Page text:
Thank you, Professor Reed. My only remark today is to answer Senator Van’ Gulick’s question from the Jan. 24 meeting. To remind folks, he asked about reseating the JMA Wireless Dome this summer, which will make it much more accessible…
First-Year Seminar Curriculum Rewards Lead Instructors With Connection
Why do faculty and staff from across the University volunteer to lead sections of the First-Year Seminar? Consuelo Endrigo-Williams and Rhonda Chester do it for the connection with students and the life of the University outside the boundaries of their primary jobs.
Endrigo-Williams has been a part-time instructor of Italian in the Department of Languages, Literatures and Linguistics for the past seven years. “My approach is to teach Italian in a light and fun way, to create an environment where students feel comfortable learning,” she says. Endrigo-Williams is using some of the same techniques as a lead instructor for the First-Year Seminar (FYS 101).
“I create an inclusive class environment that encourages first-year students to address difficult social topics through sharing their ideas with respect and openness,” she says. “Students can openly and respectfully share their ideas without feeling like they are putting themselves at risk. I enjoy helping students understand the Syracuse University philosophy of inclusion, which contributes to building the SU student experience.”
Endrigo-Williams always liked to meet first-year students and work with them, but says the new FYS 101 has developed in a way that really helps students take advantage of the campus experience.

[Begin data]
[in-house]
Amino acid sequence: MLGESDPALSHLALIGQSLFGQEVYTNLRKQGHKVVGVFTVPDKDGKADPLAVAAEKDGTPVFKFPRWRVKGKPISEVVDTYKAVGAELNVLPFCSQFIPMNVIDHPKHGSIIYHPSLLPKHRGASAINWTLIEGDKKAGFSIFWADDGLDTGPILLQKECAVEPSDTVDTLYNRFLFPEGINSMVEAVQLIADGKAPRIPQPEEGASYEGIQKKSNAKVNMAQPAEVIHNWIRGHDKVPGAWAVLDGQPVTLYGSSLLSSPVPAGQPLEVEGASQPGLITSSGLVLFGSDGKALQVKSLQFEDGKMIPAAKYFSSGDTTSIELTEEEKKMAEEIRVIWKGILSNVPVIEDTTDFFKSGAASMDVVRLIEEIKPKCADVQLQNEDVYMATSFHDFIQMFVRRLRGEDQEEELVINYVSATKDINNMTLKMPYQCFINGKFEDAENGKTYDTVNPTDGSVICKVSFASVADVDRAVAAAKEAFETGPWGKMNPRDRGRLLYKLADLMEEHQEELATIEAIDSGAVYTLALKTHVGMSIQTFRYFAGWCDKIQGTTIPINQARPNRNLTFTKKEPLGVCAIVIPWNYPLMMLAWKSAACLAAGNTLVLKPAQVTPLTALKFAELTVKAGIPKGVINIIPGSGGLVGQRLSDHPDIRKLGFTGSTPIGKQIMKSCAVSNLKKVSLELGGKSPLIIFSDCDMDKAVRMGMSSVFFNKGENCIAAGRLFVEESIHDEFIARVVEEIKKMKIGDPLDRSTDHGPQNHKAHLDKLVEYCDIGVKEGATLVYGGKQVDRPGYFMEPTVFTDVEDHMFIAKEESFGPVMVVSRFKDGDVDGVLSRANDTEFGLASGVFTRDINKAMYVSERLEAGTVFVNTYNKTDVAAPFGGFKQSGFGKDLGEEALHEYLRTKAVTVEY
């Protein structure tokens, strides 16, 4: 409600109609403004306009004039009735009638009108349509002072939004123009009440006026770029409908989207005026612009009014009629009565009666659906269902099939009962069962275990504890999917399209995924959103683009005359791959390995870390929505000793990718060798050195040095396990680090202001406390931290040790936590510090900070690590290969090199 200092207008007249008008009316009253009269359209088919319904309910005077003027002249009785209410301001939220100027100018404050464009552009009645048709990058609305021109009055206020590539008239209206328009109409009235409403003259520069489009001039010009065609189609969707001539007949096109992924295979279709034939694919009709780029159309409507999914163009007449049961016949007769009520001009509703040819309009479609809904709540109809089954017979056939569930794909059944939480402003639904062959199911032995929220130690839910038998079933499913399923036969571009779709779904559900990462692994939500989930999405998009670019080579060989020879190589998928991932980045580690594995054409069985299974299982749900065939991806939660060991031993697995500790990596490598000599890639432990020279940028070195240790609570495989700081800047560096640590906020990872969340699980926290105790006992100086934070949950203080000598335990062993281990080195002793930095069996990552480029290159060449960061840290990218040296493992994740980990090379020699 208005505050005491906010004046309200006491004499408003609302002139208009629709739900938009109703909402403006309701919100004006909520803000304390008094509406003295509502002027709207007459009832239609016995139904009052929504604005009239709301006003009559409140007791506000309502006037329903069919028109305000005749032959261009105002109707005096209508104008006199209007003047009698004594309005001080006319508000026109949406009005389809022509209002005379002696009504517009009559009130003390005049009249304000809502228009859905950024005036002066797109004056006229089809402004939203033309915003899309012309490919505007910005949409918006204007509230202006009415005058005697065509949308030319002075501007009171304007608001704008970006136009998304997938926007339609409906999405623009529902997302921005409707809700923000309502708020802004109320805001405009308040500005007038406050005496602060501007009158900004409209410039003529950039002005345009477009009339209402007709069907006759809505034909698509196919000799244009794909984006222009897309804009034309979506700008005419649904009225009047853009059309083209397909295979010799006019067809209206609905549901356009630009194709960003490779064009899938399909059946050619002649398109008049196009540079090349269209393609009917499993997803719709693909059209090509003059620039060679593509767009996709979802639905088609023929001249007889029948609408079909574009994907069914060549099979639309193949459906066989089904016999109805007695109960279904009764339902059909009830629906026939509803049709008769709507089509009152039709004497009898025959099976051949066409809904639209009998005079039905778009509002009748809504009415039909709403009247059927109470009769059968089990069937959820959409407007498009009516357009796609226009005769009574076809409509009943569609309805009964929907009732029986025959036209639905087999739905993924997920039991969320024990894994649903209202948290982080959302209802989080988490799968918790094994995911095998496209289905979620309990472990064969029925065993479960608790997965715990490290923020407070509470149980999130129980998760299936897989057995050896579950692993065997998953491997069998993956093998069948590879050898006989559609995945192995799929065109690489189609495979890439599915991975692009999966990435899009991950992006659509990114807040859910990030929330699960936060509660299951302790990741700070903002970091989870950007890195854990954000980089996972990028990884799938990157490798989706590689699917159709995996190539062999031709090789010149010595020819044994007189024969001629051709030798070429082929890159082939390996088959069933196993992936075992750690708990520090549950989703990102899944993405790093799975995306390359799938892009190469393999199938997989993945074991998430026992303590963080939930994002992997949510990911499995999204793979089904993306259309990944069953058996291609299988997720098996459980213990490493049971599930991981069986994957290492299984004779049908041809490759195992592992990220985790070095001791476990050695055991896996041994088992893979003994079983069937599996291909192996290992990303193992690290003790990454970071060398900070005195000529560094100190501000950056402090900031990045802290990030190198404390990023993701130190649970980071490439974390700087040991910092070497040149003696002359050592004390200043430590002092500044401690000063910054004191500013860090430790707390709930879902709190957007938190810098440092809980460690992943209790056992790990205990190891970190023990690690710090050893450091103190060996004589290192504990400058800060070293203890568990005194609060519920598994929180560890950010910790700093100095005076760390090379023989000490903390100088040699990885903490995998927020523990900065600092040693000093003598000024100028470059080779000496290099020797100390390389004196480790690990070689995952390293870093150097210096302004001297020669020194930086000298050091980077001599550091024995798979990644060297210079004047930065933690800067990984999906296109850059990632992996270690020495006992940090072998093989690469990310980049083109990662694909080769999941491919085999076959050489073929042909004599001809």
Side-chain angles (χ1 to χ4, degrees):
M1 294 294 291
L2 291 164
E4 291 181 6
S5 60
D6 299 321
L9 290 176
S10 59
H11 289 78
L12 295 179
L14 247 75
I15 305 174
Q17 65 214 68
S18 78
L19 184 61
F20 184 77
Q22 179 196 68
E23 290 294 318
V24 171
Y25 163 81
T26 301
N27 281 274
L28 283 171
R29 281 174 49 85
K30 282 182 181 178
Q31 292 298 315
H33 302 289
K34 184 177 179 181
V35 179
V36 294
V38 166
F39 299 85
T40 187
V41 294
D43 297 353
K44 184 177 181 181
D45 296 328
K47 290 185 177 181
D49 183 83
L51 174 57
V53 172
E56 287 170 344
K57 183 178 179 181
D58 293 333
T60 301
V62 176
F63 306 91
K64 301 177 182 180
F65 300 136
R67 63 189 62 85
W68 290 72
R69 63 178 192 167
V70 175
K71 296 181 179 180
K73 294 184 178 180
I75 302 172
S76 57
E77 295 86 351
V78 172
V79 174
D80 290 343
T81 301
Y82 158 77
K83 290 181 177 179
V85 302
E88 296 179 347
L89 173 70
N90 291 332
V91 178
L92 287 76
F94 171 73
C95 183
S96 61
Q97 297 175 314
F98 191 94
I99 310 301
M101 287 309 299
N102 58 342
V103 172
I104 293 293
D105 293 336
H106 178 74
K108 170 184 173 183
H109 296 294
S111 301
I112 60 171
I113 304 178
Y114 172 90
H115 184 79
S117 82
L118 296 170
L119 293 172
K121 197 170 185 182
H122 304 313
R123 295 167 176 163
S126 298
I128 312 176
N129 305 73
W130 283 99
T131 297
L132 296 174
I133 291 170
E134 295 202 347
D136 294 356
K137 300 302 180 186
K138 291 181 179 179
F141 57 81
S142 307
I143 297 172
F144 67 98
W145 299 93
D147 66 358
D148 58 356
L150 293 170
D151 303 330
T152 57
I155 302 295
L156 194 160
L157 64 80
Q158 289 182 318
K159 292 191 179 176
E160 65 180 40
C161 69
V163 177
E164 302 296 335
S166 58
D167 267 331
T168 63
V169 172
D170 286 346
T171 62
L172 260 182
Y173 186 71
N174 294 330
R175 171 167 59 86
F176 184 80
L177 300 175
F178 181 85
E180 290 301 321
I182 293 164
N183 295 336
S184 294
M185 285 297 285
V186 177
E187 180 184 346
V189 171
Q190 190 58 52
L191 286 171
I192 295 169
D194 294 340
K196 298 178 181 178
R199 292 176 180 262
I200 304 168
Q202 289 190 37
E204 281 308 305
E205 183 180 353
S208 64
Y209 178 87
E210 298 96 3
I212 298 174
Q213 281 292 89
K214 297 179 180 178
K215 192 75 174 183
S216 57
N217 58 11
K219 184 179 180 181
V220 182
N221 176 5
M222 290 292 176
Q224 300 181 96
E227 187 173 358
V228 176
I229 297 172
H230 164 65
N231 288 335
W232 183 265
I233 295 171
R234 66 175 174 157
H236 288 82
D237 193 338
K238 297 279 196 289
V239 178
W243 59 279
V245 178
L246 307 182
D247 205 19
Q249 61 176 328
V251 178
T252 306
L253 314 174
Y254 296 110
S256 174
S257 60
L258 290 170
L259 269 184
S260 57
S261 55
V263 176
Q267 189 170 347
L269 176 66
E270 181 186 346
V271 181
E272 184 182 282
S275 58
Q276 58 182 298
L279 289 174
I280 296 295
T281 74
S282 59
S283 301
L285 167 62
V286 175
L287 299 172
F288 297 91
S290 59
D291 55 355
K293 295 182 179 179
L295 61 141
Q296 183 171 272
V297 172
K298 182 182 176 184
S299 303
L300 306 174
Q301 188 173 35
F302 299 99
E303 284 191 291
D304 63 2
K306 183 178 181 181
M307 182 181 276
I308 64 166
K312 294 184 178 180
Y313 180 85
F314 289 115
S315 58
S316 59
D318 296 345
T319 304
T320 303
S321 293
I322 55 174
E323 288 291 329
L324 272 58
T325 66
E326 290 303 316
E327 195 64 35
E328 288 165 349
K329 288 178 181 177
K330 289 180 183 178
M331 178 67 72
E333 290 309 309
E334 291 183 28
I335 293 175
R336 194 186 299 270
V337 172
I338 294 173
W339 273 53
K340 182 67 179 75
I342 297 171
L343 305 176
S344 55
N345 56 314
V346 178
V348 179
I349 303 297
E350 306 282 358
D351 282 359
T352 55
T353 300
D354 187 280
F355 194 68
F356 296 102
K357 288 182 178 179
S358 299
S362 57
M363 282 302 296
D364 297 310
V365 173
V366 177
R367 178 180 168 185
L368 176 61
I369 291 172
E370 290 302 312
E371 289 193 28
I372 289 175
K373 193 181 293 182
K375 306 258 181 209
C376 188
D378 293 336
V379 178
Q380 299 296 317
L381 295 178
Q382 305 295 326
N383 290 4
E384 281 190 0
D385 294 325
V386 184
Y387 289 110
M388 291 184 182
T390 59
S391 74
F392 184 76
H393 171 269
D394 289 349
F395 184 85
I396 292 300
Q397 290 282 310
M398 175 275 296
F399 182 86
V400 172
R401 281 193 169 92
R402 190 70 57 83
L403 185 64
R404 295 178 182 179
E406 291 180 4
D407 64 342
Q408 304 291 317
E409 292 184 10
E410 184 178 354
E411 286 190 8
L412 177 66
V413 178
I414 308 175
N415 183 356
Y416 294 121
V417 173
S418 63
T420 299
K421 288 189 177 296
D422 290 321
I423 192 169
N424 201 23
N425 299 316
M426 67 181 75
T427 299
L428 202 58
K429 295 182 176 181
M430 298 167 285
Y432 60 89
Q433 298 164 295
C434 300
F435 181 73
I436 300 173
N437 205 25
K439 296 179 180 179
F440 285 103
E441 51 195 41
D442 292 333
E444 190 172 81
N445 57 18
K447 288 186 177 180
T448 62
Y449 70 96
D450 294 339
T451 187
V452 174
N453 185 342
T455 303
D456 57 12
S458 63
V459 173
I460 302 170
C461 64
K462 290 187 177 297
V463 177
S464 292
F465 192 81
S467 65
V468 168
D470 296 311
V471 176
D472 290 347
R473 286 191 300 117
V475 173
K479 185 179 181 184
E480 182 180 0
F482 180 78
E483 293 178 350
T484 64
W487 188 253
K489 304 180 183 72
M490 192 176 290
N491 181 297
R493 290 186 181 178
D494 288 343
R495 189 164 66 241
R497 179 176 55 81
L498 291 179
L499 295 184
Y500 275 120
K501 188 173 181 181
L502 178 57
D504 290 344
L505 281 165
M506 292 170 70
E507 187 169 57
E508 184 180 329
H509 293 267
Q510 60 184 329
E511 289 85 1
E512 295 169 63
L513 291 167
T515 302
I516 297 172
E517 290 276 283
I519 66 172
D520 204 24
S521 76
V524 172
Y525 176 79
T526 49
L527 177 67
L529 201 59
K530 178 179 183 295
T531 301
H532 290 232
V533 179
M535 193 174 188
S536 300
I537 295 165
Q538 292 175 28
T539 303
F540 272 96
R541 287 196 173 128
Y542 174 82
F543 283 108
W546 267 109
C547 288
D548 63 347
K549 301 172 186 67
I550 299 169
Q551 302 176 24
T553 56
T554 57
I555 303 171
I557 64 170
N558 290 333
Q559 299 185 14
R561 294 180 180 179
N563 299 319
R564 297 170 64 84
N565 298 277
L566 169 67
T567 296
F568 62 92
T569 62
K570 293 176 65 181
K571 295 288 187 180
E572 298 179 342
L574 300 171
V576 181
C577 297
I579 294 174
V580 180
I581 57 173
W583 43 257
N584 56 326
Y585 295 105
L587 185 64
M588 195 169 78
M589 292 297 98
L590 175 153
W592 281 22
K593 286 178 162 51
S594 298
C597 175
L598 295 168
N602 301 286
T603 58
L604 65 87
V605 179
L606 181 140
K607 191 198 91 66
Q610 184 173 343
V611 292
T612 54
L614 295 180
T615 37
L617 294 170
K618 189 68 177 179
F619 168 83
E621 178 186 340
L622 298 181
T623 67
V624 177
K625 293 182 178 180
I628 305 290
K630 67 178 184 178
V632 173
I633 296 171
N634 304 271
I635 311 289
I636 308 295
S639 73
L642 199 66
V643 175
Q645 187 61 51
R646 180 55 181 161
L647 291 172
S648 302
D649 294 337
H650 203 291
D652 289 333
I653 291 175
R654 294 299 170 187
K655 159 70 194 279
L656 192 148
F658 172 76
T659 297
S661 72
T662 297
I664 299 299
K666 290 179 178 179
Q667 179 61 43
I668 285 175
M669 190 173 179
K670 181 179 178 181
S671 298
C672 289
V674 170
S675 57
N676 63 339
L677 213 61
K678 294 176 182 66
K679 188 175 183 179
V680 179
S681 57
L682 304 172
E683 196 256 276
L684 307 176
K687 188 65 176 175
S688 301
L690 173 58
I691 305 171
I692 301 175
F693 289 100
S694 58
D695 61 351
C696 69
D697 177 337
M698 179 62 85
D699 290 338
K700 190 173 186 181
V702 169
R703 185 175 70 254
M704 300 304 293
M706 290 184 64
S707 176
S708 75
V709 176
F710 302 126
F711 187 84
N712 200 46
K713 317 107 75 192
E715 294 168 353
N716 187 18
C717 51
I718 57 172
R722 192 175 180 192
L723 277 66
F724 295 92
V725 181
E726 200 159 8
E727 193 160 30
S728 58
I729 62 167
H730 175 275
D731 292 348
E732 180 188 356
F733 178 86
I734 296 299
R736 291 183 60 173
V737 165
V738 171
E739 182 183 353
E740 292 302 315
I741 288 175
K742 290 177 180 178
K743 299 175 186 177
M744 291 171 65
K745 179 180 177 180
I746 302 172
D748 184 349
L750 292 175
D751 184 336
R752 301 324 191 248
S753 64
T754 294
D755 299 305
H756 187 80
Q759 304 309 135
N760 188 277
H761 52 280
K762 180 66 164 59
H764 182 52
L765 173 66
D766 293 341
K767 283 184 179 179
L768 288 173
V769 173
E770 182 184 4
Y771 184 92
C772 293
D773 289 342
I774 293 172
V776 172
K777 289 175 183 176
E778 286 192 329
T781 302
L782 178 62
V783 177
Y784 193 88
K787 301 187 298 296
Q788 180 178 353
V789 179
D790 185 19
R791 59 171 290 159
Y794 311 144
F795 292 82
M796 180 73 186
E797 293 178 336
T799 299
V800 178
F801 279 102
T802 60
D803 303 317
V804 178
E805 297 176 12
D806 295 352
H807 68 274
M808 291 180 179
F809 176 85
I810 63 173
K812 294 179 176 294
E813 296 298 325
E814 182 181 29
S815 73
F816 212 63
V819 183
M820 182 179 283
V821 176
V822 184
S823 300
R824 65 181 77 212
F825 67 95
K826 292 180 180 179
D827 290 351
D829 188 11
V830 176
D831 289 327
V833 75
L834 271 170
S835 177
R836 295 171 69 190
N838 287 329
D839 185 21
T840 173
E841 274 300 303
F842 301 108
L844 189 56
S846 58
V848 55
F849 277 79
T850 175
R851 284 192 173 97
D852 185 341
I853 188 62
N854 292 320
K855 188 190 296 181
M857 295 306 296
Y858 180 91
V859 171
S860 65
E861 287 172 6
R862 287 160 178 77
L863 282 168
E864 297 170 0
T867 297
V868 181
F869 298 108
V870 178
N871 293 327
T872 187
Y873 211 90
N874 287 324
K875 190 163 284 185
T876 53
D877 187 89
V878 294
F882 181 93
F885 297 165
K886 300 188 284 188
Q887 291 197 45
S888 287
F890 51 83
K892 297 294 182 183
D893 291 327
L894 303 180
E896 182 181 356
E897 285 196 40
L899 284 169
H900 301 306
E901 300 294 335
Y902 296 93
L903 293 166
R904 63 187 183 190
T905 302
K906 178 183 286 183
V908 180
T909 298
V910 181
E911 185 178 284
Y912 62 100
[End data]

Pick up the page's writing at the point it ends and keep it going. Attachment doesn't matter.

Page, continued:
The First-Year Seminar course is part of a change to the undergraduate curriculum approved by every Syracuse University school and college in 2020. Along with the diversity, equity, inclusion and accessibility (DEIA) course requirement, the First-Year Seminar is part of a commitment the University made to students in the 2019-2020 academic year requiring all students to take courses covering DEIA topics.
Chester, the United Methodist Ecumenical Chaplain for Hendricks Chapel, sees her role as a FYS 101 lead instructor as different than her primary role in providing spiritual care, but ultimately aligned with her goal of contributing to a community where students can be comfortable being themselves and connecting with people from different backgrounds. “Chaplain Rhonda,” as she is called on campus, reflects on her six years with the University and approaches her classes with empathy.
“I think a lot of our students are still struggling with the world that we live in,” she says. “One of the things I tell my students every week is to be gracious and gentle with themselves. They’re in college for the first time, during a pandemic, and the rules keep changing. There’s a heightened sense of frustration because they want to be normal, but it’s not a normal time.”
The FYS 101 curriculum encourages self-reflection through activities, journaling and other activities. Endrigo-Williams says the new curriculum is effective.
“My students are very engaged during the class-time activities and discussions and in their writing assignments,” Endrigo-Williams says. “They seem very introspective and relate to discussions of identity, values and the experiences of others.”
Chaplain Rhonda Chester agrees. “All of us who lived through 2020—how could you not have been affected mentally, spiritually and emotionally? So now they are here engaging in a curriculum that is challenging them to think about tough issues contextually. The students have a sense of open-minded curiosity, they want to lean into the issues and know how they can do and be better.”
“Students bring their whole selves to Syracuse University,” she adds. “FYS 101 recognizes that. I think the students see it. And when I speak to people who have already graduated from the course, the feedback I always get is, ‘I wish I had that in my first year!’”